I did this myself just three months ago back at home; it was significantly different here. The elections in Mosul, currently the hottest spot in Iraq, had all the makings of an exciting day but from everything I saw and heard, the day has been a peaceful one.
Our escort for the day was a squad of Texas based MPs in the Army Reserve and I must say that they were the most pleasant MPs I have worked with. OK, so every other time I associated with MPs they were writing me a ticket, but these guys were true professionals. They were more than courteous and are a fine example of the men and women that wear our nation's uniforms. Speaking of women, I don't work with them much in the Special Forces so I found it quite a novelty to hear our driver squeal, "Oh, that blond baby is so cute!"
I was stuffed in the back of an MRAP and heading out the gate at first light for a one hour drive east of Mosul. The anticipation was thick because we knew we were about to observe another historic election. The ride was smooth and much of it was on fresh asphalt. We passed countless shops and stores with only a few open and also a large open air market with nothing but a couple of donkeys present. The vehicle curfew made the election a holiday.
The first polling station we visited was at a school in a small village. The building was a concrete and block structure that was scarred from years of use, dirt, insects, and little maintenance. The building and its condition was nothing new to me; most of the world attends school or lives in buildings just like this. They gave me a shock when I first saw them in Uganda back in '92 but now I accept it for the way it is and only occasionally sigh and hope that someday things will be different.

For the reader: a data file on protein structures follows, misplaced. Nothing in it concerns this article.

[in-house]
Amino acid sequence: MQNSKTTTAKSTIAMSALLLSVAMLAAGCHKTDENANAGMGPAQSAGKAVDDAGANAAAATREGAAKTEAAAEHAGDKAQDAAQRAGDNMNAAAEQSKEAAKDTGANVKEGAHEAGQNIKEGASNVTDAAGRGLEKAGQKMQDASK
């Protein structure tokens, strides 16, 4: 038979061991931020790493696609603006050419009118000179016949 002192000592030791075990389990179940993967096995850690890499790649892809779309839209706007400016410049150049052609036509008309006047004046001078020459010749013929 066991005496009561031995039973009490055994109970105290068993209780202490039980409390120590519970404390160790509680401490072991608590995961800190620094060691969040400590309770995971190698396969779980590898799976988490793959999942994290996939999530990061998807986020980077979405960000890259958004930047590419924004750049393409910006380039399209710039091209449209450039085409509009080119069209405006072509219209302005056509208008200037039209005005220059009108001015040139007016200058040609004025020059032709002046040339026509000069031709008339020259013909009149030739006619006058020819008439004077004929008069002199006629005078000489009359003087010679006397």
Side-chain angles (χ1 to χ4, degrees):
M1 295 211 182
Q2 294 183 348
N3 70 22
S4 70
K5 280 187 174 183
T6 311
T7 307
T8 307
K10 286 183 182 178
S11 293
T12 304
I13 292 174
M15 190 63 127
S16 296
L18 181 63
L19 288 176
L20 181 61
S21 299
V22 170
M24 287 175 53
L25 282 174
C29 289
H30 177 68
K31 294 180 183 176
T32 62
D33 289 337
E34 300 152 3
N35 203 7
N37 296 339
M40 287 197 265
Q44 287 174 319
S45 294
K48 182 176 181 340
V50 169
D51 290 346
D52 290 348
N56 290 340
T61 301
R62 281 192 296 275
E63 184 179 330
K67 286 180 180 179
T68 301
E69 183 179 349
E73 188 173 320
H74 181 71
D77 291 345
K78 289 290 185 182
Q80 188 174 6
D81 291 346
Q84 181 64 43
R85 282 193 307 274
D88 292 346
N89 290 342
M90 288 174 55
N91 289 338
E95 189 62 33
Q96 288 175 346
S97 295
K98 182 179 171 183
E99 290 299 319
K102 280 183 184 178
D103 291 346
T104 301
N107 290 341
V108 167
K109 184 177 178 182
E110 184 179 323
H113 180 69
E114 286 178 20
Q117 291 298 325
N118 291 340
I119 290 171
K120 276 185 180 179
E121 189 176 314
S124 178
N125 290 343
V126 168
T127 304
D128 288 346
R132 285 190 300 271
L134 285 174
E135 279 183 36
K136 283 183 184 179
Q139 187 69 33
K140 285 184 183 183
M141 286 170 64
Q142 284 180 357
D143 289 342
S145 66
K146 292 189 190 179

As international observers, we received a warm welcome and were given a guided tour by the site manager. We first passed a perimeter of integrated Iraqi and Peshmerga forces and then through an Iraqi Police check point were all voters were searched. A sign on the wall clearly indicated that weapons, cameras, cell phones, and smoking were prohibited beyond that point.
Inside, white cordon tape with blue writing directed voters to a series of classrooms. It became evident that the village was divided into precincts and each precinct had a separate room to vote in. Each of these rooms had someone to check IDs against a voter list, another used a stamp to validate a ballot and issue it to the voter, and two or three cardboard stands about 5 ½ feet tall for the voter to stand behind while marking the ballot. Once the ballot was marked, the voter approached a table with a large, clear plastic bin, dipped their finger in a bottle of purple ink – to ensure they didn't vote again – and dropped their ballot in a slot in the top of the bin. Meanwhile, a collection of representatives from interested political parties observed the process. Some rooms had more than a dozen political observers.
Each of the locations we visited was very similar with only a few exceptions. Each had women with children clinging tightly to their mother's hands staring apprehensively at the large crowds. Each had voters enter with confused looks being directed by poll workers who, while early in the day also looked a little confused, soon became confident and helpful. One poll worker pointed proudly to a name on his list and said, "This man was born in 1914, and today, he voted for the first time in his life."
While I finish this, the polls are about to close and I have still not heard of any attacks at any of the polling stations. The crowds could almost be called festive with the only exception some displaced Iraqis who did not have the proper identification or were not on the registered voter lists. If the area they call the hottest spot in Iraq is any indication of what is happening throughout the rest of the county, they will have a record turnout with all ethnic groups and regions participating and Iraq will have its first government that truly represents the people.